- The Washington Times - Monday, November 3, 2003

There are 403 mayoral races throughout the country today and if some of the candidates are to be believed, the outcomes could shed light on how the country will vote in the 2004 presidential election.

There are six mayoral races in cities with populations of 500,000 or more, including San Francisco; Indianapolis; Charlotte, N.C., Columbus, Ohio; Philadelphia; and Houston, according to the U.S. Conference of Mayors.

In Philadelphia, some have claimed national consequences for the mayor’s race since an FBI bug was found in the office of Democratic Mayor John F. Street three weeks ago. The FBI revealed it is investigating Mr. Street and any ties he has to city-issued contracts and political contributions.

After the electronic listening device was found, Mr. Street, who is seeking a second term, and high-ranking Philadelphia Democrats proclaimed a national conspiracy by the GOP to steal the election for Republican candidate Sam Katz, and help President Bush carry Pennsylvania in the 2004 presidential election.

But Tom Hinton, director of state relations for the Heritage Foundation, a conservative think tank based in Washington, said it is simply not true.

“My sense is local races, even for major cities, are not a bellwether for what will happen in a presidential race,” Mr. Hinton said.

He said there are only a few cases — “if the issues discussed in the campaign are of national interest like homeland security or health care, or if the predominant party loses” — where a local mayoral race would have any influence at all on a presidential candidate’s chances of winning a state.

Unlike Philadelphia, most mayoral races have made few waves in the national spotlight, and some not even in their own cities.

The major news coming out of the race in Columbus is that Michael B. Coleman, 48, the city’s first black mayor, isn’t running against anyone but is campaigning nonetheless.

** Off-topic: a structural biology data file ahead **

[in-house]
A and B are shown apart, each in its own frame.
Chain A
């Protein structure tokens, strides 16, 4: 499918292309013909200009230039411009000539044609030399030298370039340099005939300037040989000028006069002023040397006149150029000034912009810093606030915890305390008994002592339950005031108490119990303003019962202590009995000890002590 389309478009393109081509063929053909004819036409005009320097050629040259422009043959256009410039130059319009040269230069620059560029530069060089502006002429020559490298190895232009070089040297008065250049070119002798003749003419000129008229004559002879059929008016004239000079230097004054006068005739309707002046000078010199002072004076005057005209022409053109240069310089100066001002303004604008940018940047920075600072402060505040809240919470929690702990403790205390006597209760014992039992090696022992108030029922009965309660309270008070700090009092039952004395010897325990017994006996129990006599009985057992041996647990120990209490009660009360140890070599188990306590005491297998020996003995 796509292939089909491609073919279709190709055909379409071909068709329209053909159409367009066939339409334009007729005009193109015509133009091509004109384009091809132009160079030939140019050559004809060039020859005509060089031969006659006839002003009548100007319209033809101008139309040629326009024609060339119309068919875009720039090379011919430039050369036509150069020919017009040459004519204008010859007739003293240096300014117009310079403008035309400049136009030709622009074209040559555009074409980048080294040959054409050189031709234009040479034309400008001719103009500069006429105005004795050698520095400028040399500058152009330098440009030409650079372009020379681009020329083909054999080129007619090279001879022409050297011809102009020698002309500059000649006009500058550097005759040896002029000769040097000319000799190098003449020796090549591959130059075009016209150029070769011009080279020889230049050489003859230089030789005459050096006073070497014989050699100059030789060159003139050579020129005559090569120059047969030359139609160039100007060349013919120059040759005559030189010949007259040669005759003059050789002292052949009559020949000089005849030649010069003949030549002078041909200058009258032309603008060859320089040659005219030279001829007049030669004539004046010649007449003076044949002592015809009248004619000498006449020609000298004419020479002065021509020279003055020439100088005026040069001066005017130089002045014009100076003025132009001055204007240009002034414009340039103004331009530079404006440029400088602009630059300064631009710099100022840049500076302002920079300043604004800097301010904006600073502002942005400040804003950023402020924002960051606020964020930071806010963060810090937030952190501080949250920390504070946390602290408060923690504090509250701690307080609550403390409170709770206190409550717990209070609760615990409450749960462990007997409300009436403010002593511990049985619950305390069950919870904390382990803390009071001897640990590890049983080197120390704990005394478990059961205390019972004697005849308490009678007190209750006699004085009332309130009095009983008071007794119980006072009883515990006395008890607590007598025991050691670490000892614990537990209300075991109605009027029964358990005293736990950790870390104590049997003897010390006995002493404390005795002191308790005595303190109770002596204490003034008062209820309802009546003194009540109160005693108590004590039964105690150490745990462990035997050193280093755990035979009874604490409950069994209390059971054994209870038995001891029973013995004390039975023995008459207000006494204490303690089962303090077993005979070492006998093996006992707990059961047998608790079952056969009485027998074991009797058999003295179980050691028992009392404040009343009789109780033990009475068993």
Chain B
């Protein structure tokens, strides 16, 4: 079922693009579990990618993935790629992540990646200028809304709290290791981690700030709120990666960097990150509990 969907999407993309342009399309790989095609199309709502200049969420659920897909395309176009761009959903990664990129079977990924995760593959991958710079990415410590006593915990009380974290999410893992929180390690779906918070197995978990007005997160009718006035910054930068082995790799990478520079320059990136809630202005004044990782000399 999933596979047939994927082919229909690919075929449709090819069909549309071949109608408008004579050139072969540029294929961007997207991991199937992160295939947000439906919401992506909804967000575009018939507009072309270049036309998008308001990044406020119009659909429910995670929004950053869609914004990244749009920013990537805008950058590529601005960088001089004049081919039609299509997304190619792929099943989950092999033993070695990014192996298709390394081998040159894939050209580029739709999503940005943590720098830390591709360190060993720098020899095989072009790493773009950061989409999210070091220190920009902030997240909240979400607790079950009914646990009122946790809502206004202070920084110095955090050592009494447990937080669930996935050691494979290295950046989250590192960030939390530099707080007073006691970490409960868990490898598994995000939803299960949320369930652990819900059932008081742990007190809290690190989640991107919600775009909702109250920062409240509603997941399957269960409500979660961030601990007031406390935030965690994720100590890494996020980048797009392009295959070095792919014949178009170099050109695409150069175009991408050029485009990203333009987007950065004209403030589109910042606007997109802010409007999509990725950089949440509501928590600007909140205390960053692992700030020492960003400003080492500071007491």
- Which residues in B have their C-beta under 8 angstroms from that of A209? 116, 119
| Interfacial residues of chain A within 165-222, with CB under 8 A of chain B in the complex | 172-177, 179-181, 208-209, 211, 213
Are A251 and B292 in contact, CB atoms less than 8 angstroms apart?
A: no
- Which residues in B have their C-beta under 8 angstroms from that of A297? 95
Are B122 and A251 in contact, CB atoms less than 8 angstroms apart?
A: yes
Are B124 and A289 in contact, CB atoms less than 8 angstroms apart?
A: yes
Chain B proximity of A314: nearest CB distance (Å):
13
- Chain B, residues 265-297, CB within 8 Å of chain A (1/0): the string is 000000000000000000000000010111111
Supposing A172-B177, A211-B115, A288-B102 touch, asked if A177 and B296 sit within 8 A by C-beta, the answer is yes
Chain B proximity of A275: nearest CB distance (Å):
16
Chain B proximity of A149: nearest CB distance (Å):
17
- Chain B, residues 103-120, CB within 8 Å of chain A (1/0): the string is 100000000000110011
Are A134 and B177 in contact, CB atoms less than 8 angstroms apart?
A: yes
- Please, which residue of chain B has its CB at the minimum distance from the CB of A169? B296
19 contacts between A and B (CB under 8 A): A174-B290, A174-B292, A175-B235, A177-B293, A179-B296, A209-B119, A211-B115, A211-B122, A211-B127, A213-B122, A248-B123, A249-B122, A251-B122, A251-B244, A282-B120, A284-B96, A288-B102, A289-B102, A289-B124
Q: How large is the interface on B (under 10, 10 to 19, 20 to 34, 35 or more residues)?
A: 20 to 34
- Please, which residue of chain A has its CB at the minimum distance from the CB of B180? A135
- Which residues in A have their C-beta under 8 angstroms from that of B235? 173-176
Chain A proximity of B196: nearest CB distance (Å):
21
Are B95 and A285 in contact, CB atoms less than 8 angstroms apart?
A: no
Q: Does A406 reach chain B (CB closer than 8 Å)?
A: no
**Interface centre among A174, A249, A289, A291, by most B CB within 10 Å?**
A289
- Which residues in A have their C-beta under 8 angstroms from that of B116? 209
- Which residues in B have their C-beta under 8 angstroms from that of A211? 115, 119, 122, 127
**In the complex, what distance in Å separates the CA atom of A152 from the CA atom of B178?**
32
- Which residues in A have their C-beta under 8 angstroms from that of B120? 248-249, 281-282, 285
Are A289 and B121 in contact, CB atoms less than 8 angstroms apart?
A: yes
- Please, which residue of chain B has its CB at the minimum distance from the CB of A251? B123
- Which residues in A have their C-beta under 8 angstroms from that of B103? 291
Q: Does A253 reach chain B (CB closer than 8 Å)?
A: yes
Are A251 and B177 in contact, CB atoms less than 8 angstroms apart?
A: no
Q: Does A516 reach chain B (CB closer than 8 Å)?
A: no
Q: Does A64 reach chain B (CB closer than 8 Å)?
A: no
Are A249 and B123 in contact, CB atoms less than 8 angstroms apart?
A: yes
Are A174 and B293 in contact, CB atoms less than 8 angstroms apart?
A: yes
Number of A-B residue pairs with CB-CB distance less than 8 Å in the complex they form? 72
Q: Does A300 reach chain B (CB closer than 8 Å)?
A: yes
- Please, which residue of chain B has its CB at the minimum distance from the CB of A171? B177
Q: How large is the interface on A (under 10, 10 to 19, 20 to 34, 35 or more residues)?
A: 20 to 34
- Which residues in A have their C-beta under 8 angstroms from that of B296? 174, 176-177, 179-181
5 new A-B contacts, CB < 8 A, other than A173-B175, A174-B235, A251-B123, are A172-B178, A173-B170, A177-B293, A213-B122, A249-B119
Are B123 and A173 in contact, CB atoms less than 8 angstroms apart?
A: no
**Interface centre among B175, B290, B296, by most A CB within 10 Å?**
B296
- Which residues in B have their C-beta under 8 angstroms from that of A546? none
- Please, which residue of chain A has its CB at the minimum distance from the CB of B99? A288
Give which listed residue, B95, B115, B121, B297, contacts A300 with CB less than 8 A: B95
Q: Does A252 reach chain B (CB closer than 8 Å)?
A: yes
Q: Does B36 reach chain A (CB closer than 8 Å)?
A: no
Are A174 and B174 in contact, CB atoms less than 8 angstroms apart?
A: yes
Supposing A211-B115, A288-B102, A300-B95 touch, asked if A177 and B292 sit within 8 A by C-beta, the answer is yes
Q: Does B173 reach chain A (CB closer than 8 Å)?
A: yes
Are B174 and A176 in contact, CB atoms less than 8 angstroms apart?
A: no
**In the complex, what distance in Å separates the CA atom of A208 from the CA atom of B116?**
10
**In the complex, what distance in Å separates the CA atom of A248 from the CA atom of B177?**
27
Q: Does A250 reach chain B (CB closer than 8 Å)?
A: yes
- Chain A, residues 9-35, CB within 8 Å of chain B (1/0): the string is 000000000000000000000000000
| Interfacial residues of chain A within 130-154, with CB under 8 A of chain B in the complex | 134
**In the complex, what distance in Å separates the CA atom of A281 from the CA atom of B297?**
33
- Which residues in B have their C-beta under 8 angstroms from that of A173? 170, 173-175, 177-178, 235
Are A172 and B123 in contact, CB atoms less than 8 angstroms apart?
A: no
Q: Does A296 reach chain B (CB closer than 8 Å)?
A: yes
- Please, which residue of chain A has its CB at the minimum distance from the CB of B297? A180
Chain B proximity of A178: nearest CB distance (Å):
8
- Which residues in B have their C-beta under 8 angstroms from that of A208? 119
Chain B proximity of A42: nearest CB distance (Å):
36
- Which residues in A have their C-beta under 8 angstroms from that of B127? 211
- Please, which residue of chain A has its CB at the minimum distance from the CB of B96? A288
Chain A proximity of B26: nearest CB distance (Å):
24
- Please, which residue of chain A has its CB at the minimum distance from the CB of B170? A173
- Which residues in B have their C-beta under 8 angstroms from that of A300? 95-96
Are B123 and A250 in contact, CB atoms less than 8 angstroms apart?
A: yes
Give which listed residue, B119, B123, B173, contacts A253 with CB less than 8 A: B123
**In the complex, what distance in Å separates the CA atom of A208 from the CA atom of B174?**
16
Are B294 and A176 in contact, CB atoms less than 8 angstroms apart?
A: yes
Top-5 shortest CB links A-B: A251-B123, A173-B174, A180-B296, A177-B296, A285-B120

And then there are elections where the key issue is the mere hint of partisan politics.

Phoenix has a tradition of nonpartisan municipal elections, but apparent Republican Randy Pullen is bucking the trend. His opponent, Phil Gordon, condemned Mr. Pullen’s campaign posters — red, white and blue — with a GOP elephant emblazoned in the center.

Hometown issues, including proposals for a light-rail system, are paramount in Houston, where three candidates are vying for the seat of Democrat Lee P. Brown, who is barred by term limits from seeking a fourth term. Republican candidate Orlando Sanchez faces two Democrats, Bill White, former Energy undersecretary under President Clinton, and Texas state Rep. Sylvester Turner.

“All of the issues in this race are local, dealing mainly with expanding the light rail and managing our growth,” said Roger Widmeyer, Mr. Brown’s senior analyst.

There has been no mention of influencing the 2004 elections in Charlotte, where incumbent Republican Mayor Patrick McCrory, 47, is vying for a fifth term, facing two challengers — Libertarian Carlton Harvey, a 41-year-old ministry director, and Democratic businessman Craig Madans, 51.

National implications have held little sway in the San Francisco mayor’s race, where Willie F. Brown Jr., 69, the two-term incumbent, is running against a large slate of opponents: two Republicans, two Democrats, and one from each of the following parties: Independent, Green and Libertarian. And that doesn’t include the write-in candidates.

In Indianapolis, however, there has been some mention of a national issue. The state of the nation’s economy is a key talking point for incumbent Democrat Bart Peterson and Republican Greg Jordan, the Marion County treasurer.


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